Staci Redmon’s 7 Rules for Leadership, Management, Business Growth and Strategy

© treenabeena - Fotolia.com

© treenabeena – Fotolia.com

This is a guest post by Staci Redmon of SAMS.

Note from Bill: When I saw Staci’s recent Redmon’s Rules post on LinkedIn, I asked if I could share her first seven rules here with you. Staci offers a wealth of knowledge and experience as the President and CEO of Strategy and Management Services, Inc (SAMS).

 SAMS is a SBA 8(a) program participant, service-disabled veteran owned (SDVOSB), woman-owned (WOSB), small disadvantaged business (SDB) that provides a broad range of strategy, management and information technology services to the DOD, other Federal Government agencies, and commercial clients.

1st Rule: Communicating Your Vision

Actualizing a vision requires employers to communicate and set expectations for the outcome. Open lines of communication are key to employees understanding their purpose, performance expectations, and execution strategies.

To further accomplish this goal and achieve a supported vision, create an inclusive collaborative work environment conducive to employees having input.

How to reach the endpoint is tactical, but achieving the vision is strategic.

Note from Bill: What’s critical to getting employees to really buy in to your vision is to LISTEN when they have input!

2nd Rule: Leading a Multigenerational Workforce and Adjusting to the Arrival of Millennials

Changing the landscape of traditional corporate culture to adjust to the arrival of millennials starts by redirecting focus to attract and retain this workforce.

Recognizing longevity in a company isn’t the priority for millennials; they value transparency and meaningful interactions. This tech-savvy generation enters the workforce wanting to innovate and propel the company’s growth.

3rd Rule: Incorporating Community Involvement

An active presence in the community directly impacts the lives of community members and the reputation of your company. Social awareness plays an integral role in sustainability and corporate responsibility.

As we strive to affect change within our infrastructure, let’s not forget our community of strong advocates, championing our success because we directly affect them by giving back and providing resources to enhance their livelihood.

Note from Bill: Back to Rule 1 – Communicate to the employees about your involvement, and be authentic. At TAPE we continue to support many Wounded Warrior programs, including one started by a former employee of our subcontractor.

4th Rule: Building a Network

There’s a direct correlation between your network and net worth; as you broaden the former, the latter increases. A rich network is built by collaborating with individuals of diverse skill sets, cultures, and occupations; creating an ability to forge relationships and develop your network.

To spur growth, limit connecting with like-minded contacts. Participate in and leverage activities with individuals of uncommon interest at first glance. This spawns opportunities to meet new people and establish unforeseen connections.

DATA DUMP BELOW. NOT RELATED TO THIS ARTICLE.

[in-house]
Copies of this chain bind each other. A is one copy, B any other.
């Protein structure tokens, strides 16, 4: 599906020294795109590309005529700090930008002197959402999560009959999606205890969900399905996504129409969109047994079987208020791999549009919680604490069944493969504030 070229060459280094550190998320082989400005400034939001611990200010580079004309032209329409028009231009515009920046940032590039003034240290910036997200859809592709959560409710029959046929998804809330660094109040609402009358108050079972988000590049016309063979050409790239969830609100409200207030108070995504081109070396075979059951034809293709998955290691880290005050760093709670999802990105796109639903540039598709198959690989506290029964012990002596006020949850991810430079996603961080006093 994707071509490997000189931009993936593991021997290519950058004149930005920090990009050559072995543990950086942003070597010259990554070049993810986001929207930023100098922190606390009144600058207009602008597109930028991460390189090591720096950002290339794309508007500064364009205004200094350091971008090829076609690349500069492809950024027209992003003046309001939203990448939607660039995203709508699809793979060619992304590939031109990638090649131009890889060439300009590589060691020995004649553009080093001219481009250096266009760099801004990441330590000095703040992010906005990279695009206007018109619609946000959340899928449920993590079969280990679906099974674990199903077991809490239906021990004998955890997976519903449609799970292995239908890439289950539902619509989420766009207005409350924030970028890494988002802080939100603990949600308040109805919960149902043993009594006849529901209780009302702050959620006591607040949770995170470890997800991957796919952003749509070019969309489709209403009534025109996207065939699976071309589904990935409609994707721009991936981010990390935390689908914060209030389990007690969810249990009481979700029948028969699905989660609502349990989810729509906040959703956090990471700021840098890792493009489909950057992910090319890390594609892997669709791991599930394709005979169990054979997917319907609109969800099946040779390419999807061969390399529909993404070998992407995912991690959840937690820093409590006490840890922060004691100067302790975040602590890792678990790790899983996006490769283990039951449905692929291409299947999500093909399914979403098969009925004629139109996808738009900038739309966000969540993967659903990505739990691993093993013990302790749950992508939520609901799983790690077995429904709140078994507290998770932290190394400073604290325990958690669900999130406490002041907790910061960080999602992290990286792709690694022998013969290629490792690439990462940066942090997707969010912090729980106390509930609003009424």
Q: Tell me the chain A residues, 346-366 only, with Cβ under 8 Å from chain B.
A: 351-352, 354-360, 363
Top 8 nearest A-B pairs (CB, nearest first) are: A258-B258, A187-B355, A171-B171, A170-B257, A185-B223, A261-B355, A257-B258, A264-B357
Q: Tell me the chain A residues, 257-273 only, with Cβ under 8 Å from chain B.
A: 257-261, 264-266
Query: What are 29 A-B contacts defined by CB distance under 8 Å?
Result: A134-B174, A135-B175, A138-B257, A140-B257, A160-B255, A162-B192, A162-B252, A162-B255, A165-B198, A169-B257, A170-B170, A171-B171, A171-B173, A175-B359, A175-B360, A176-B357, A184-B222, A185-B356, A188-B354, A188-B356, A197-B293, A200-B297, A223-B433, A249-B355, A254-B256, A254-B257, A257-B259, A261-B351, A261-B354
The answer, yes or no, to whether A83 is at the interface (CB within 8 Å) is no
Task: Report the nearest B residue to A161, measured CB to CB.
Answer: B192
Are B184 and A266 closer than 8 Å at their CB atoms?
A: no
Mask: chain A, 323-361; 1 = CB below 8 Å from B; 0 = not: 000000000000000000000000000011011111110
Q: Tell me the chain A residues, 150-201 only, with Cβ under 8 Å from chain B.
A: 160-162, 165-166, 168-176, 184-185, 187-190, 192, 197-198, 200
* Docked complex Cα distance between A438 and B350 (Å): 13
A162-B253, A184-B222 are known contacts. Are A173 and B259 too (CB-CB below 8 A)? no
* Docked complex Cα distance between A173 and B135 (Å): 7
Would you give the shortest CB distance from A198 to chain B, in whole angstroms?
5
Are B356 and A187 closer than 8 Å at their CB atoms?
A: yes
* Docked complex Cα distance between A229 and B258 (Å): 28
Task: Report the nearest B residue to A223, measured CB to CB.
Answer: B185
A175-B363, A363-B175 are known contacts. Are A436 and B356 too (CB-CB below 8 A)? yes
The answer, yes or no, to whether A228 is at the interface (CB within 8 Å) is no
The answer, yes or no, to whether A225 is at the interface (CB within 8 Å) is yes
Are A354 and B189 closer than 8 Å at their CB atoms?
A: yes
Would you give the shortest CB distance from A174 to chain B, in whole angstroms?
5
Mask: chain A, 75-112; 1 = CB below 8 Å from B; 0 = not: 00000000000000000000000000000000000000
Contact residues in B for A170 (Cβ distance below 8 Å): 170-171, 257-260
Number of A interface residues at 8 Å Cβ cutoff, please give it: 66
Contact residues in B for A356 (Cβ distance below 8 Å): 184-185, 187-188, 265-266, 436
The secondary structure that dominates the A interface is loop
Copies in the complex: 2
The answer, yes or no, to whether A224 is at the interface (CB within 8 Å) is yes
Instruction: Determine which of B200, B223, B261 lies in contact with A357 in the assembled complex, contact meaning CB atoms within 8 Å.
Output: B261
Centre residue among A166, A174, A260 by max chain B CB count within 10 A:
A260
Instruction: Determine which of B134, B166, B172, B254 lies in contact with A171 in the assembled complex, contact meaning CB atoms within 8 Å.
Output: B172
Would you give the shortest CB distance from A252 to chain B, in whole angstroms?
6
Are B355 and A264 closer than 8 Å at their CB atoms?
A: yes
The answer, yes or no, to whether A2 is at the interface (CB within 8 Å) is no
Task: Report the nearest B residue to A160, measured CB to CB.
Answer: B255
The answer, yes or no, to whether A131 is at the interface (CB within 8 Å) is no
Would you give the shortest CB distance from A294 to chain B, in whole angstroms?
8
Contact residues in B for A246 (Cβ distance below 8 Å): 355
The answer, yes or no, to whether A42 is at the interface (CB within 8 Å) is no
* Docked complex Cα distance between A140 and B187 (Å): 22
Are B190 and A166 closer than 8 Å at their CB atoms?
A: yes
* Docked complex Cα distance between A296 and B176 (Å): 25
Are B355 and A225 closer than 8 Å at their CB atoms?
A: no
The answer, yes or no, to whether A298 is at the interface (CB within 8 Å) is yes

How do you network?

Note from Bill: This is very important, and we’re seeing how all of these rules build on each other. For example, does your community work have a networking aspect? If so, that can really change the value and dynamic. Again, be authentic – your peers and subordinates are all watching.

5th Rule: Addressing and Communicating Your Weaknesses

A cohesive unit is developed during the discovery phase of analyzing strengths and weaknesses of your team. This phase births awareness and potential challenges; allowing an opportunity to eliminate single points of failure.

As a leader, communicating your weakness is a strength that reveals you are cognizant of your abilities, and focused on creating value by addressing incompetency and delivering solutions with the strengths of other personnel. Invest in resources about strength and leadership, such as the StrengthsFinder 2.0.

What other strengths and/or leadership books would you recommend?

6th Rule: Hiring Creative and Innovative Employees – Seeing Beyond the Resume

Contrary to popular belief, a resume doesn’t reveal everything needed to make a smart hiring decision.

To get a glimpse into the creativity and competency of a candidate you’re considering, test for ingenuity by allowing your prospect to solve a real problem. The results from the trial will allow you to look beyond the resume and accurately assess the prospect’s capabilities.

How do you look beyond the resume? Here are 10 tips from SmartCEO.

7th Rule: Differentiating Your USPs

Your unique selling proposition (USP) is the gateway to acquiring market share and potential financial success. Identify competitors and their products, then leverage your key differentiators to boost your position to become the market leader in your respective industry.

Have you studied the psychology of product differentiation? What does your business do differently?

These seven rules are just the beginning! To read Staci’s latest insights and join the conversation, visit the SAMS LinkedIn group.


Leadership Lessons: Transitioning Into a New Role

© tostphoto - Fotolia.com

© tostphoto – Fotolia.com

In a small business like TAPE, our VPs need to be very hands-on in the day-to-day operations of the company. They’re responsible for business development, maintaining current customer relationships, building our repository of teammates and partners, and strengthening and maintaining those relationships, each for their specific line of business.